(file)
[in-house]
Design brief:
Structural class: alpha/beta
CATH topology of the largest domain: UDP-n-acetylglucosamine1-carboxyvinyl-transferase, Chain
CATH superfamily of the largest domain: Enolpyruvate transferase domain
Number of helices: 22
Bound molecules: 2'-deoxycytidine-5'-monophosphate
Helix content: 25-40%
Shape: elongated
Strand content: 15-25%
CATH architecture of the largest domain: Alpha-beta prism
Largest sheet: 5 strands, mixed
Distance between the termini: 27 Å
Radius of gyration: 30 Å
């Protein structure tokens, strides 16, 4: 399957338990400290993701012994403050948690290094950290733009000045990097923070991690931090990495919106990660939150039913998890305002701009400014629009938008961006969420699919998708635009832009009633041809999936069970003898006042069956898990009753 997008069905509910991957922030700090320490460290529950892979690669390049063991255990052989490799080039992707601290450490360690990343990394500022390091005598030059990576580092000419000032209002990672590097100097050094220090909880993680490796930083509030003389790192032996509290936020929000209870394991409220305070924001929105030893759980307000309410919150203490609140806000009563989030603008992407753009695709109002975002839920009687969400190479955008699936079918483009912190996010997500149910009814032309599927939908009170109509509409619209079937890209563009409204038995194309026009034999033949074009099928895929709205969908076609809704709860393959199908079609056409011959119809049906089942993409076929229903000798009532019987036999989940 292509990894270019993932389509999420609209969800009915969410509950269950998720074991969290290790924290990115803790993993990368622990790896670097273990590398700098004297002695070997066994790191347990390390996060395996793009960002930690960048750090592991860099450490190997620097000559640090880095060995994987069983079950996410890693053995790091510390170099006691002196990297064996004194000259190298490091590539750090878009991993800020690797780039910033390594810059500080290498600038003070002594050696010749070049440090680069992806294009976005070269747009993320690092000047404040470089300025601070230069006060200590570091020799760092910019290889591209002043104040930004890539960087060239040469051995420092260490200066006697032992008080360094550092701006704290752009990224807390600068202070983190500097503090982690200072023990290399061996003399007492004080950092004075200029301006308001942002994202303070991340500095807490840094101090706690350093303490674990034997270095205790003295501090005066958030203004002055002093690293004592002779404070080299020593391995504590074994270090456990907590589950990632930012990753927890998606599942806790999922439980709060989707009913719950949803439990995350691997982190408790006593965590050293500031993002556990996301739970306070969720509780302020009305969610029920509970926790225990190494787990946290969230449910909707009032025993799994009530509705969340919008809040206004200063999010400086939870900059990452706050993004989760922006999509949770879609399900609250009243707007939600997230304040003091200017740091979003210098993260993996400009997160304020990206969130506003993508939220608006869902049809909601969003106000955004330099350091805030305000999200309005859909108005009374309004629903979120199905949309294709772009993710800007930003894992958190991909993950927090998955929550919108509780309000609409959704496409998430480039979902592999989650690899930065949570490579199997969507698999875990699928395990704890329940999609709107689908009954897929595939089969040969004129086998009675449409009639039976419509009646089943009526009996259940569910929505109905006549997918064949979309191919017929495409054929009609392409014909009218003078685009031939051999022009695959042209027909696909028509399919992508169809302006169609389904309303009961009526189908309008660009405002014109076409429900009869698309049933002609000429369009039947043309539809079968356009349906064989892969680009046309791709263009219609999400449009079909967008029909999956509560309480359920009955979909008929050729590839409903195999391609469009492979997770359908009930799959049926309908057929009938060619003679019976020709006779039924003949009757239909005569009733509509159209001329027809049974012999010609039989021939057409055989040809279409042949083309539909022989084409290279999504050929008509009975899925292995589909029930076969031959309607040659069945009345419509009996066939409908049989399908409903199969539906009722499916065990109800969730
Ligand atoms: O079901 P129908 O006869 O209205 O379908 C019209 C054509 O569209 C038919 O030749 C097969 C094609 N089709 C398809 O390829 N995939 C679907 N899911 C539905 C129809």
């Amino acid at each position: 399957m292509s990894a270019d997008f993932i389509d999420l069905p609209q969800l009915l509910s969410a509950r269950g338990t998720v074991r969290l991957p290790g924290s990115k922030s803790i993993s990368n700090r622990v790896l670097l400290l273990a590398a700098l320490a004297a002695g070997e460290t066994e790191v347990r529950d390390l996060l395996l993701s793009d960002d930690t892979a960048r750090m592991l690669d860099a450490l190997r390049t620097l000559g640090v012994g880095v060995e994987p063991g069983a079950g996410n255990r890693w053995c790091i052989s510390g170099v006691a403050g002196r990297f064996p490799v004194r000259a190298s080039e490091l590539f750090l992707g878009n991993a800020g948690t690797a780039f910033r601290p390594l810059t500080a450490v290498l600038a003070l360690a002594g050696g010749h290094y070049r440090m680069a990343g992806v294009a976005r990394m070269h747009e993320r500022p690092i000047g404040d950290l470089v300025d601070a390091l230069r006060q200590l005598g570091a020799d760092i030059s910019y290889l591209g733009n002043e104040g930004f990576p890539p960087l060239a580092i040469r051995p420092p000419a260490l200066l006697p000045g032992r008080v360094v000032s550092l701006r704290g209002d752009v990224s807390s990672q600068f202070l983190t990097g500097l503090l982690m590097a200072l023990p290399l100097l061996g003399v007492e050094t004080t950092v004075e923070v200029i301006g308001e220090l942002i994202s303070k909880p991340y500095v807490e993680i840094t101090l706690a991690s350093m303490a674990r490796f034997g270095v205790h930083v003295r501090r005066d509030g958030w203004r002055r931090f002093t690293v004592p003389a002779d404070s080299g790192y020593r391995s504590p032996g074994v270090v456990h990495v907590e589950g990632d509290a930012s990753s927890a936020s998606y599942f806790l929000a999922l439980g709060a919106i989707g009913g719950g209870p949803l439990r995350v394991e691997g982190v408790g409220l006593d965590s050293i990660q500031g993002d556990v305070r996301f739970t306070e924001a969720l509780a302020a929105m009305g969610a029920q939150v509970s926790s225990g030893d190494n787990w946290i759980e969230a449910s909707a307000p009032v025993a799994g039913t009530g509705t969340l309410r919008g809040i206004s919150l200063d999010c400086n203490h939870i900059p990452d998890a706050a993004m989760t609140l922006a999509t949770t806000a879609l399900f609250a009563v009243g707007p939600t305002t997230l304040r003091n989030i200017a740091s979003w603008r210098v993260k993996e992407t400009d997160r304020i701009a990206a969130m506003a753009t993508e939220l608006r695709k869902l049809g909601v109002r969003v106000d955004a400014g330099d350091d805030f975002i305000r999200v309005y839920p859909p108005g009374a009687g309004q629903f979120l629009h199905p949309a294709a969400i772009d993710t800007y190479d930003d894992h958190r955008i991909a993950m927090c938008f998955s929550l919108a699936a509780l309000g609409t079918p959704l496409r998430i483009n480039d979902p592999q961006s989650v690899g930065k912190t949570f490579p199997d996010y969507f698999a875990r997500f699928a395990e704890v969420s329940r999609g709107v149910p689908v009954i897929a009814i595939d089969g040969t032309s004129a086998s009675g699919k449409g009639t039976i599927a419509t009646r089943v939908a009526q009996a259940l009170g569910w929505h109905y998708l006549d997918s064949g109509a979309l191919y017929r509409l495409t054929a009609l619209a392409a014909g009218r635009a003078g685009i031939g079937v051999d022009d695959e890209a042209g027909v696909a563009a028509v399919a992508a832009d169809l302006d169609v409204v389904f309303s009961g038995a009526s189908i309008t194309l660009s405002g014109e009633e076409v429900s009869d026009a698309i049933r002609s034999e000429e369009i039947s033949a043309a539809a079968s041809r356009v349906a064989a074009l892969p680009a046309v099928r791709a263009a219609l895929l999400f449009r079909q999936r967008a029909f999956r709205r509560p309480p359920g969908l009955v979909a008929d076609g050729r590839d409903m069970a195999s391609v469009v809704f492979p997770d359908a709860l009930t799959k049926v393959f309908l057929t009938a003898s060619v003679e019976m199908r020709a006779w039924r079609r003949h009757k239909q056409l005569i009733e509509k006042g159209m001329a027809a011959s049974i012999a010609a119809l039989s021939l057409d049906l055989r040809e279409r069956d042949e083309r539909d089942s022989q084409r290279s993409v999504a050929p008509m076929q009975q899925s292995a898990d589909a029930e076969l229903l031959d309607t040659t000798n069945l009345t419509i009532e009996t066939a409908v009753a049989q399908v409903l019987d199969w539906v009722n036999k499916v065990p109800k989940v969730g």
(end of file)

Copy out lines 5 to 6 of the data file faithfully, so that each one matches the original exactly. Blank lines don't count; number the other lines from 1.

CATH superfamily of the largest domain: Enolpyruvate transferase domain
Number of helices: 22